Atlanta gunman remained suspect in '93 Alabama killings
July 30, 1999
CEDAR BLUFF, Alabama (CNN) -- Six years after an unsolved double murder in Alabama, authorities there reasserted Friday that Mark Barton -- the central figure in a deadly shooting rampage in neighboring Georgia -- was still their prime suspect in the 1993 case.
Barton's first wife, Debra Spivey Barton, 36, and her mother, Eloise Spivey, 59 were hacked to death with a sharp object at a campground in Alabama's Cherokee County, about 100 miles west of Atlanta.
No charges were ever filed in the case, but Barton was the lone suspect, based on circumstantial evidence, authorities said.
'Never able to get enough evidence'
"We were never able to get enough evidence to carry to the grand jury and convict the man," Cherokee County Sheriff Ray Wynn told CNN on Friday. "We were hoping we could get a little bit more (evidence) and I felt like if we could get another item or two, that we might have been able to convict him."
Cherokee County District Attorney Mike O'Dell said Thursday that authorities had a suspect in the case, but said he "can't confirm or deny" the suspect was Barton. O'Dell added that investigators made sure they kept up with Barton's whereabouts.
The bodies of the two women were found at Riverside Campground on Weiss Lake in northeast Alabama. They had been staying in a camper without Barton during Labor Day weekend. The camper showed no signs of forced entry.
Police said the killer dumped the older woman's purse and took two rings, but ignored other jewelry and an envelope containing $600.
Mrs. Spivey's .32-caliber revolver lay on the kitchen counter.
At the time, investigators said there was evidence that Barton was having an affair and had taken out a $600,000 life insurance policy on his wife.
'Everybody in the family thinks it was him'
Barton, 44, shot himself to death Thursday as police closed in on him at a gas station in a northern Atlanta suburb following a shooting rampage at two Atlanta office buildings that left nine people dead.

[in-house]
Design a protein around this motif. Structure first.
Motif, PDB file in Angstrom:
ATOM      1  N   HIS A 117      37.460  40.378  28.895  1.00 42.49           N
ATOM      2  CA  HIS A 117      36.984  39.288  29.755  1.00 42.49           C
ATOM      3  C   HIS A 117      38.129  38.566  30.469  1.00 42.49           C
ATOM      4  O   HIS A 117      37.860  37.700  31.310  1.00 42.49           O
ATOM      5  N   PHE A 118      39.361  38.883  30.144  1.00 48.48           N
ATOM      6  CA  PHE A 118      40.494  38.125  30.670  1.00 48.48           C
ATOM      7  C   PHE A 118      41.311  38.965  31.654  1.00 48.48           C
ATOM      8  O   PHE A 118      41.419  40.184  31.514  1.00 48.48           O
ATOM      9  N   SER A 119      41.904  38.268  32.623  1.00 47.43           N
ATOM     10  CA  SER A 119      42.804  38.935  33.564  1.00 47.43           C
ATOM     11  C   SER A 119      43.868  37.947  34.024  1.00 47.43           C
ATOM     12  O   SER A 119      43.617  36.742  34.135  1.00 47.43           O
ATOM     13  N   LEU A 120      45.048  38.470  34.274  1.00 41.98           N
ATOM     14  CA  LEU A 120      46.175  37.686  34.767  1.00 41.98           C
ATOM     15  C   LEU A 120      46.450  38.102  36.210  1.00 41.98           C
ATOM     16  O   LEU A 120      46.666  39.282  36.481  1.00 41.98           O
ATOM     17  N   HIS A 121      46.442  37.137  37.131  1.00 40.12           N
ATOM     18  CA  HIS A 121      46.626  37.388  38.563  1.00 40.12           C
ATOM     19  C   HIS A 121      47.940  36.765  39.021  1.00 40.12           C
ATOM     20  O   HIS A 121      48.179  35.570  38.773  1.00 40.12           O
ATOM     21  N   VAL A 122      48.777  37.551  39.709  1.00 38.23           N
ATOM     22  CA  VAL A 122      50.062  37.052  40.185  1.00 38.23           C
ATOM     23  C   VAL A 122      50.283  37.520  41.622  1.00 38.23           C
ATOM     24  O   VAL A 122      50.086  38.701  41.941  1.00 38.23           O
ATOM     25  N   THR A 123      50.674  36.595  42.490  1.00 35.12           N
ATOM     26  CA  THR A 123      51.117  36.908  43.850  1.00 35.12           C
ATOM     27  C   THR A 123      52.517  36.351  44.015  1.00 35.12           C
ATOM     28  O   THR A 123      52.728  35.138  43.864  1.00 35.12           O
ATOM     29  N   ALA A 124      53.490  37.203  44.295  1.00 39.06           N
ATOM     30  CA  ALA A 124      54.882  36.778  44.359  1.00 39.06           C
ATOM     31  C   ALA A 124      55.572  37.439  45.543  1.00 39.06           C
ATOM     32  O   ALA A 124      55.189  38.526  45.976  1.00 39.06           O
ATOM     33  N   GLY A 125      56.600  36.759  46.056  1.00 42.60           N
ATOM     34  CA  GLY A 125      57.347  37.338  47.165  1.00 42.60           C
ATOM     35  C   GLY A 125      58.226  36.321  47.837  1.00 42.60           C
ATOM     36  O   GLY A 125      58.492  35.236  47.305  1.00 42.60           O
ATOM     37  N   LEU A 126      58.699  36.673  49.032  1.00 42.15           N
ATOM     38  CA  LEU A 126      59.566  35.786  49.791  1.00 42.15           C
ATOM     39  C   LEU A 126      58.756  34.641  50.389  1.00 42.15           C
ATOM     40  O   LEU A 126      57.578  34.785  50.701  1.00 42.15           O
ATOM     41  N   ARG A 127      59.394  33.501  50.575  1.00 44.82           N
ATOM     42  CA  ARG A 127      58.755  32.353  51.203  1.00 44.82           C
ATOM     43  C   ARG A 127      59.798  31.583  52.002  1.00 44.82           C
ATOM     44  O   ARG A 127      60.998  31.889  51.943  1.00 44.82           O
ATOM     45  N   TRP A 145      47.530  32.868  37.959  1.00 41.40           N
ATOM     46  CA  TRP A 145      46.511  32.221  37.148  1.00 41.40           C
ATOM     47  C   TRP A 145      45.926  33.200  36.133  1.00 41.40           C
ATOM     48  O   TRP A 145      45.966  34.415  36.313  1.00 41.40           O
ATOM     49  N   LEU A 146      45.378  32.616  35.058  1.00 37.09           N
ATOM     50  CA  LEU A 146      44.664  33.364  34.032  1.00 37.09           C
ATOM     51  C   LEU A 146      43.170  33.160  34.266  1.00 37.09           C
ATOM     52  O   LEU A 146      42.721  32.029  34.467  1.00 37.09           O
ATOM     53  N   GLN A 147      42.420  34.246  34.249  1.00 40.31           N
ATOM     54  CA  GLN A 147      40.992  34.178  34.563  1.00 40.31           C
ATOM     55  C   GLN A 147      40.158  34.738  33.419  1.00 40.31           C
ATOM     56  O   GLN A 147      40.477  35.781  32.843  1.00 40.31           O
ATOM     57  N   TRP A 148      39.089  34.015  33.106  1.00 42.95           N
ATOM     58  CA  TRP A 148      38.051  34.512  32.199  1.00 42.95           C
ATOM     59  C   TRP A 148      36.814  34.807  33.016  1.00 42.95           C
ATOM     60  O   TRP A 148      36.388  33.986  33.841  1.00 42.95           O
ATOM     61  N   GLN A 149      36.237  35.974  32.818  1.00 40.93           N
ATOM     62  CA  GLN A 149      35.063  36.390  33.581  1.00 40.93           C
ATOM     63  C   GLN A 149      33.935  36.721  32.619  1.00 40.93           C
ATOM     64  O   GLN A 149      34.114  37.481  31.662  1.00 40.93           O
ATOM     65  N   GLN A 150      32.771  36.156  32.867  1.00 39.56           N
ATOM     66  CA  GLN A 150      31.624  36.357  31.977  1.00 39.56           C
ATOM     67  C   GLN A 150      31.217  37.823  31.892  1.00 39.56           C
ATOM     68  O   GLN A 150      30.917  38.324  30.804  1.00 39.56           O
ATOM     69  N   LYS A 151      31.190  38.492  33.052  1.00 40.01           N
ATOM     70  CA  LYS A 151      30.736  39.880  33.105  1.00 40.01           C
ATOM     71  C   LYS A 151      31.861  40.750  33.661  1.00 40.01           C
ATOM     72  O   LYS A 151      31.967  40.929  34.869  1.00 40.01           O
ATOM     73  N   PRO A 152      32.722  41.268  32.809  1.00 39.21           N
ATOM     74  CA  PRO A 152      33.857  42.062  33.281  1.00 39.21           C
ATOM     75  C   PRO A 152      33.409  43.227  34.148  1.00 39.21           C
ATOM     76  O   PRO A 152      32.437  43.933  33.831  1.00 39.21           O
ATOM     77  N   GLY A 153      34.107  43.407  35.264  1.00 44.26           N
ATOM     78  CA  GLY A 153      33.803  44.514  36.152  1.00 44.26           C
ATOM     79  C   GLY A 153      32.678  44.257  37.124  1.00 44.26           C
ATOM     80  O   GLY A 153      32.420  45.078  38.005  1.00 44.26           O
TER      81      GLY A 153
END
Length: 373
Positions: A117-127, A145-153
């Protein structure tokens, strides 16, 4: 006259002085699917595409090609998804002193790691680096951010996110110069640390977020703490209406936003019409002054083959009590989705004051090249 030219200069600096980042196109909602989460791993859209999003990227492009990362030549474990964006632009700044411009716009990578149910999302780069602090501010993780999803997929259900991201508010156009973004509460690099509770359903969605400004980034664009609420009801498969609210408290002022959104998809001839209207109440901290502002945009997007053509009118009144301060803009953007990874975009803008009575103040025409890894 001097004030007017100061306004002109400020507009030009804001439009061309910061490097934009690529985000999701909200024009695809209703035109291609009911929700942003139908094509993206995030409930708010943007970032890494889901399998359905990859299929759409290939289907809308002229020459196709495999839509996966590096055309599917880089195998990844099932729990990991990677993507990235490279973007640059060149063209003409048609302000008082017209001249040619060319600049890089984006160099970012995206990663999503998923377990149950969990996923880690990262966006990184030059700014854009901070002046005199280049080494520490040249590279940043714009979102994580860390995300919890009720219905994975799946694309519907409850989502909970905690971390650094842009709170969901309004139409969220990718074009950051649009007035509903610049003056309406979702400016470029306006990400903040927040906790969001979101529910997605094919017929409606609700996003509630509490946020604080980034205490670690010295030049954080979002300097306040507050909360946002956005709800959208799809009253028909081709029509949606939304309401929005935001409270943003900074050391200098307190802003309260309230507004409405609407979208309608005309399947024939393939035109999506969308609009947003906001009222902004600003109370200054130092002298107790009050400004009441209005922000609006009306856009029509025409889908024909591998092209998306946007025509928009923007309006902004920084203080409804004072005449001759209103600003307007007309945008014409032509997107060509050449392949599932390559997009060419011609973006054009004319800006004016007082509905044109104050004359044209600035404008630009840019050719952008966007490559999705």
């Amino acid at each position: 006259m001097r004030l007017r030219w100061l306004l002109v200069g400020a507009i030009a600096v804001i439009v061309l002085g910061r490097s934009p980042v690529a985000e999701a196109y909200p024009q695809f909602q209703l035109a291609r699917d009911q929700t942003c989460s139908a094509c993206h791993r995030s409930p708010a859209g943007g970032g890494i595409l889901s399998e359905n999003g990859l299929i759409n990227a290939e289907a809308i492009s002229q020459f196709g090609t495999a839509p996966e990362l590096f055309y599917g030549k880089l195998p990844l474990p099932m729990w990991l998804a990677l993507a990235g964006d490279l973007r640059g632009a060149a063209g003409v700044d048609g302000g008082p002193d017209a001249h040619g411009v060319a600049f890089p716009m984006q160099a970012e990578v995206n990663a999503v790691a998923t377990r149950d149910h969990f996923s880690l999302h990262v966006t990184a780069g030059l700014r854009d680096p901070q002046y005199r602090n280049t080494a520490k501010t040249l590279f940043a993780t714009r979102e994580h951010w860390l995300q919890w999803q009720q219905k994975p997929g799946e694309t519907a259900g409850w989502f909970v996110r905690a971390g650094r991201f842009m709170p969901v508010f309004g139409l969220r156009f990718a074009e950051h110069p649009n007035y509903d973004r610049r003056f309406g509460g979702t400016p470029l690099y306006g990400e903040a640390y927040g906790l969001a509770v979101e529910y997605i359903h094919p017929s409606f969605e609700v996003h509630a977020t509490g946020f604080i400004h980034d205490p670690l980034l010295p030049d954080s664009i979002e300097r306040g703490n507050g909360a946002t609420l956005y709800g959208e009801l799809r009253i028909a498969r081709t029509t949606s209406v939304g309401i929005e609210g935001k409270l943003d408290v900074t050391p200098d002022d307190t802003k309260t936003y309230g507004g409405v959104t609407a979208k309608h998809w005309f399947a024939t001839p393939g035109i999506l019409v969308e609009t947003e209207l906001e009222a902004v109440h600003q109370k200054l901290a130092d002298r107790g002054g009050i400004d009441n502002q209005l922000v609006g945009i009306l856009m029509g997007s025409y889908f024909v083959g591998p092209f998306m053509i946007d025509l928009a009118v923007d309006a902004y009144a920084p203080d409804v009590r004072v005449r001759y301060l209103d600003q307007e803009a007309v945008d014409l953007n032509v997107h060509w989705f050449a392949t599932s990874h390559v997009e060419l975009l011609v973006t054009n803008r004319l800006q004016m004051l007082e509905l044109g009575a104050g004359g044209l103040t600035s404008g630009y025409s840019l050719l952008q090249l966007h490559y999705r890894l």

In the days leading up to the shootings, he also is believed to have bludgeoned his second wife and two children in Stockbridge, Georgia, south of Atlanta, taking the Georgia death toll to 13.
Georgia authorities said that, in notes found with the bodies in Stockbridge, Barton denied he was the killer in the Alabama case.
A few months after the Alabama slayings, Mrs. Spivey's husband told the Atlanta Journal-Constitution that "until the murders, Mark was the perfect son-in-law."
"Since then, we have cooled tremendously toward each other," said Bill Spivey, a retired Federal Aviation Administration supervisor. He said Barton had refused to take a polygraph test.
Marty Powell, a cousin of Barton's first wife, said he last saw Barton at the funeral of the two victims and described him as "colder than a cucumber."
"Everybody in the family thinks it was him," he said Thursday. "If they had stopped him then, there would be 12 more people alive tonight."
Why? Atlanta seeks answers for massacre
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